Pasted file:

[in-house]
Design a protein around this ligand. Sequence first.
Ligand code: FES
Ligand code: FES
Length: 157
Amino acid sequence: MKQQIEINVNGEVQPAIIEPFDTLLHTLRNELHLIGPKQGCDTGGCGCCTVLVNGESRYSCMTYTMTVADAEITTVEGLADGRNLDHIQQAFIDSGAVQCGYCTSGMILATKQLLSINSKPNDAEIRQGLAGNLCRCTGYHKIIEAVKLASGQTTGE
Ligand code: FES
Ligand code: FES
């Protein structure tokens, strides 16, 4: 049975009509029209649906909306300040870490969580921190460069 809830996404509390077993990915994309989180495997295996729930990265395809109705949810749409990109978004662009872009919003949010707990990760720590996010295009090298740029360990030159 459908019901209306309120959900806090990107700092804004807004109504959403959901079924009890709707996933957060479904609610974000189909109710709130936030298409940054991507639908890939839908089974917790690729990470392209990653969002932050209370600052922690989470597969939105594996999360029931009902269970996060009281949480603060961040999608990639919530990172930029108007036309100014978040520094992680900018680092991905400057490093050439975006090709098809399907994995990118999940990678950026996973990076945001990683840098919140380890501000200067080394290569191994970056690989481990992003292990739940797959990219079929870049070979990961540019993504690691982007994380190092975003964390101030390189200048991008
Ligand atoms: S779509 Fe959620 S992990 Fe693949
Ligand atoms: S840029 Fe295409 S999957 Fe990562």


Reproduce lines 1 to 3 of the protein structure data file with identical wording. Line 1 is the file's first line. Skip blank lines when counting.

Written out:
[in-house]
Design a protein around this ligand. Sequence first.
Ligand code: FES